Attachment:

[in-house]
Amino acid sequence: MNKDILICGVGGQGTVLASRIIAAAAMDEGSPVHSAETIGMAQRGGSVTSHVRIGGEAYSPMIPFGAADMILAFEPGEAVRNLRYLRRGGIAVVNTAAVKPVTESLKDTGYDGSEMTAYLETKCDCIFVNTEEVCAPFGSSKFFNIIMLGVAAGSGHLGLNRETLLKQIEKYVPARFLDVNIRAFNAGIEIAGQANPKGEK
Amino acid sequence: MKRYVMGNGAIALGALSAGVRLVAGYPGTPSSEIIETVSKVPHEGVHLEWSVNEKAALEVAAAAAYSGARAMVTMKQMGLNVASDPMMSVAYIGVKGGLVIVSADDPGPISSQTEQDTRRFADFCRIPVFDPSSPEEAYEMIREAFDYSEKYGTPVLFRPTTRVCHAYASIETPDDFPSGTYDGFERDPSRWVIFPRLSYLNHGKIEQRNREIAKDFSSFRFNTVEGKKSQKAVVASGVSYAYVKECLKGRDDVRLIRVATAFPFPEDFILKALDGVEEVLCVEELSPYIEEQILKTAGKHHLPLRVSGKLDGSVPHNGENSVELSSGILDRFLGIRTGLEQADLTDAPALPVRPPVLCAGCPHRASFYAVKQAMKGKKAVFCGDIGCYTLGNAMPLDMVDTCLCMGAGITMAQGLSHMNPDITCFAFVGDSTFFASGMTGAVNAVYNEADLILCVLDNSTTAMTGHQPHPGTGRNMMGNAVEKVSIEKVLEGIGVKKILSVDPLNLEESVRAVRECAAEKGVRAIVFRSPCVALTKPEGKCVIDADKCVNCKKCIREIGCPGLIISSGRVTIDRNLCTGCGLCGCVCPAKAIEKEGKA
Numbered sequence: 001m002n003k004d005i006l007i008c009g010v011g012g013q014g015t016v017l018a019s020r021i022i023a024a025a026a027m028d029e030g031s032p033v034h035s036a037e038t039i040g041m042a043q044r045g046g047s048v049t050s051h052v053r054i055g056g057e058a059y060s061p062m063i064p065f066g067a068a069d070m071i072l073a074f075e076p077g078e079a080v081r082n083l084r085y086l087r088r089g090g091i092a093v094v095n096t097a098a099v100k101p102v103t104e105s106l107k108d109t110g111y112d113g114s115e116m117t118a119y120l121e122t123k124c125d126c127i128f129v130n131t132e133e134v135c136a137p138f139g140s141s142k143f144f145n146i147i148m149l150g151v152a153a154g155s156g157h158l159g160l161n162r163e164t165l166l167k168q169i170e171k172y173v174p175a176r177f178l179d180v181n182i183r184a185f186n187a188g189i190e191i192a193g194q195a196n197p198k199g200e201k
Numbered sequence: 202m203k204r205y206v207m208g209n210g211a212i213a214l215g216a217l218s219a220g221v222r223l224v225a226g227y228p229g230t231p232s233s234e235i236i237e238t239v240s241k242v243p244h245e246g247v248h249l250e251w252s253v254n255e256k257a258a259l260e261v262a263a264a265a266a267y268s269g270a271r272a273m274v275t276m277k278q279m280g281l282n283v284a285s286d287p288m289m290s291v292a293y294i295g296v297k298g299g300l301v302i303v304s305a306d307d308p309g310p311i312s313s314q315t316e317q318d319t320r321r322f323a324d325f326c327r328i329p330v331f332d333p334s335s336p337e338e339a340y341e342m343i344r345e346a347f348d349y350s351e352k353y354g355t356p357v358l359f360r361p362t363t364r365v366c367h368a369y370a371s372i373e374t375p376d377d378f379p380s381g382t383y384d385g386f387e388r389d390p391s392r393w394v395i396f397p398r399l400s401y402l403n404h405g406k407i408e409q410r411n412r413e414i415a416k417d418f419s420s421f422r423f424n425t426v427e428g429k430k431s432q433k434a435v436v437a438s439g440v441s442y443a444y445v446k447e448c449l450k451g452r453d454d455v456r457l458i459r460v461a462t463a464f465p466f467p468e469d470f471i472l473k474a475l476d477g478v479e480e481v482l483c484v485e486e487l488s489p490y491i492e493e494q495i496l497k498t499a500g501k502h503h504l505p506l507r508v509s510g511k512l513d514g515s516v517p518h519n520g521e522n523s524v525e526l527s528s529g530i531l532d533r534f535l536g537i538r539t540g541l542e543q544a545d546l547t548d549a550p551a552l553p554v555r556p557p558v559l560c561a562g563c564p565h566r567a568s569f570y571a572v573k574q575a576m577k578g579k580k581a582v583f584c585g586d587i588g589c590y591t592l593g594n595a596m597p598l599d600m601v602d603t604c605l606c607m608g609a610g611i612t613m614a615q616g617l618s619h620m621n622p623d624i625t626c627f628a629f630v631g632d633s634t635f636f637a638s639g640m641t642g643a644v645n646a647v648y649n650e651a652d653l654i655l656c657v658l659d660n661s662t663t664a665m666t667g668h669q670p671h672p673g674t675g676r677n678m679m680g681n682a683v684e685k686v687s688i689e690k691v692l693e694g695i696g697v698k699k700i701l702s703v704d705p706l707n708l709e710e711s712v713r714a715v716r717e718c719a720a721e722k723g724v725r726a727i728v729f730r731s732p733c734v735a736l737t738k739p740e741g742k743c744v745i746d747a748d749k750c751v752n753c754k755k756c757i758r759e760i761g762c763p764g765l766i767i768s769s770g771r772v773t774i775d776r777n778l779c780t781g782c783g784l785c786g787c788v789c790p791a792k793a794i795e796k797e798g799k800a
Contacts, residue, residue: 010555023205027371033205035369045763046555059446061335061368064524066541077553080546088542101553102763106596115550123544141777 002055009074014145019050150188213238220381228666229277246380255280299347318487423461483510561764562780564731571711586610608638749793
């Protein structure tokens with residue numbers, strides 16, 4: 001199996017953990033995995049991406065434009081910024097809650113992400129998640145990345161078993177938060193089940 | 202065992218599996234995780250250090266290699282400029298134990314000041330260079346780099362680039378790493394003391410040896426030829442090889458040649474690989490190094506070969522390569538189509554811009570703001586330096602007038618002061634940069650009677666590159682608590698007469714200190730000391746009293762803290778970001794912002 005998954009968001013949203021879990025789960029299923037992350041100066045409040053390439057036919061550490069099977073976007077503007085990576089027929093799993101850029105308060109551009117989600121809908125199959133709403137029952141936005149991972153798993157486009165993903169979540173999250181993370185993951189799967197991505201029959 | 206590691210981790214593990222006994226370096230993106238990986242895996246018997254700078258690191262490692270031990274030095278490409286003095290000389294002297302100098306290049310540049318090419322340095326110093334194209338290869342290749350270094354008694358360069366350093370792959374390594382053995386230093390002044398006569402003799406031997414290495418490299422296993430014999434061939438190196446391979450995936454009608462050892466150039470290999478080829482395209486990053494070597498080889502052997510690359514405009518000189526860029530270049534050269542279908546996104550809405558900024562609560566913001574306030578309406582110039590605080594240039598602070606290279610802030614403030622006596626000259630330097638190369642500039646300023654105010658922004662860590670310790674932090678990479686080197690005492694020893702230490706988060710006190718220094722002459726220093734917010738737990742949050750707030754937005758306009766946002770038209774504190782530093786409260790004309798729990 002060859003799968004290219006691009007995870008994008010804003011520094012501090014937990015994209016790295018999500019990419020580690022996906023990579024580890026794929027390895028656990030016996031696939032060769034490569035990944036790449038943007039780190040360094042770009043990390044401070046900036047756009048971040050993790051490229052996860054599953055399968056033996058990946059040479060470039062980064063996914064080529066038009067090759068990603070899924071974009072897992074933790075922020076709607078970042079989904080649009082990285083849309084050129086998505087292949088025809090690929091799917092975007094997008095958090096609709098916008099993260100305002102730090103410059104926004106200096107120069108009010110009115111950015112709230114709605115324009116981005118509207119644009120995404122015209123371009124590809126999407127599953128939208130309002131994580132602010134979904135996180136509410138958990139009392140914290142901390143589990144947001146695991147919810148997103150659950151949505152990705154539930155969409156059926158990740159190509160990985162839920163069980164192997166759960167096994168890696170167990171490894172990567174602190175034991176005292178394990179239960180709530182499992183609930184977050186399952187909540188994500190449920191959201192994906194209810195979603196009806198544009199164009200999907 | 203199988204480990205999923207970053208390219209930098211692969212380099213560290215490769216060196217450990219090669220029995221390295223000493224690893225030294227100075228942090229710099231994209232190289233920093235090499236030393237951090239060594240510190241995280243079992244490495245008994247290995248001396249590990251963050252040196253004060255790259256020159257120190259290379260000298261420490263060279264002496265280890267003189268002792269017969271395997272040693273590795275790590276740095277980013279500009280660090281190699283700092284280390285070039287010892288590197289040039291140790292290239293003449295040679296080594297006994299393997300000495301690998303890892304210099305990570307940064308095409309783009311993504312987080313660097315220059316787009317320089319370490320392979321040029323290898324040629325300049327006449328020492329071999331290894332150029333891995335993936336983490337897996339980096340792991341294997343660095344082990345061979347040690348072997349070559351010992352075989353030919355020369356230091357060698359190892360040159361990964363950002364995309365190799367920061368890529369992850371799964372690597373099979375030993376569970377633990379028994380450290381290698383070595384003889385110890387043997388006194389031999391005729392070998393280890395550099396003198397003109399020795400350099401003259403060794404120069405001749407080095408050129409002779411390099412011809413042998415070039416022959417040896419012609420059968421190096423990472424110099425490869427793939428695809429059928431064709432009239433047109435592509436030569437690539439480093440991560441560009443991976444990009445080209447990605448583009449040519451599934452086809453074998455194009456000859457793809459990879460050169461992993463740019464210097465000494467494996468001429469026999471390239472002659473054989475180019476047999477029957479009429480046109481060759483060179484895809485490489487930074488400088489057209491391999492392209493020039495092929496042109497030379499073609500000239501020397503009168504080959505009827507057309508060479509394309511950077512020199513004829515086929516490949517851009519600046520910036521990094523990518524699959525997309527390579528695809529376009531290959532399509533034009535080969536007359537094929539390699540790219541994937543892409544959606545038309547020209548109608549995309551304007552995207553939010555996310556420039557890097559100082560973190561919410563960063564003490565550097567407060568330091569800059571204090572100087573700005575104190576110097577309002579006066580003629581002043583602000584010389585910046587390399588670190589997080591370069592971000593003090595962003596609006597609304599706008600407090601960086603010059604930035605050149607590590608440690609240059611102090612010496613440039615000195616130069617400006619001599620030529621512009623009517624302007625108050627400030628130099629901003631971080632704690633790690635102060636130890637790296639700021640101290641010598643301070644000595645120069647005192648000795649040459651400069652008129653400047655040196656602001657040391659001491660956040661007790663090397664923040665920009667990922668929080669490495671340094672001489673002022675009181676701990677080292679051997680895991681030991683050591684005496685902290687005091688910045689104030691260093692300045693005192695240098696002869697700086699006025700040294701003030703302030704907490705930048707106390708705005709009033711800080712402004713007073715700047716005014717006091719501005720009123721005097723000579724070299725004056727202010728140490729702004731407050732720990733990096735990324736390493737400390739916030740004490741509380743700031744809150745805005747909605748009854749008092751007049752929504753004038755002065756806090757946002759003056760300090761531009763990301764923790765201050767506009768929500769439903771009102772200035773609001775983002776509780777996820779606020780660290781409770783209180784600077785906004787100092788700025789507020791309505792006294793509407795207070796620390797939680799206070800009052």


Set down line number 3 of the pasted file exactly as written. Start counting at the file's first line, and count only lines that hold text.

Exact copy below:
Amino acid sequence: MKRYVMGNGAIALGALSAGVRLVAGYPGTPSSEIIETVSKVPHEGVHLEWSVNEKAALEVAAAAAYSGARAMVTMKQMGLNVASDPMMSVAYIGVKGGLVIVSADDPGPISSQTEQDTRRFADFCRIPVFDPSSPEEAYEMIREAFDYSEKYGTPVLFRPTTRVCHAYASIETPDDFPSGTYDGFERDPSRWVIFPRLSYLNHGKIEQRNREIAKDFSSFRFNTVEGKKSQKAVVASGVSYAYVKECLKGRDDVRLIRVATAFPFPEDFILKALDGVEEVLCVEELSPYIEEQILKTAGKHHLPLRVSGKLDGSVPHNGENSVELSSGILDRFLGIRTGLEQADLTDAPALPVRPPVLCAGCPHRASFYAVKQAMKGKKAVFCGDIGCYTLGNAMPLDMVDTCLCMGAGITMAQGLSHMNPDITCFAFVGDSTFFASGMTGAVNAVYNEADLILCVLDNSTTAMTGHQPHPGTGRNMMGNAVEKVSIEKVLEGIGVKKILSVDPLNLEESVRAVRECAAEKGVRAIVFRSPCVALTKPEGKCVIDADKCVNCKKCIREIGCPGLIISSGRVTIDRNLCTGCGLCGCVCPAKAIEKEGKA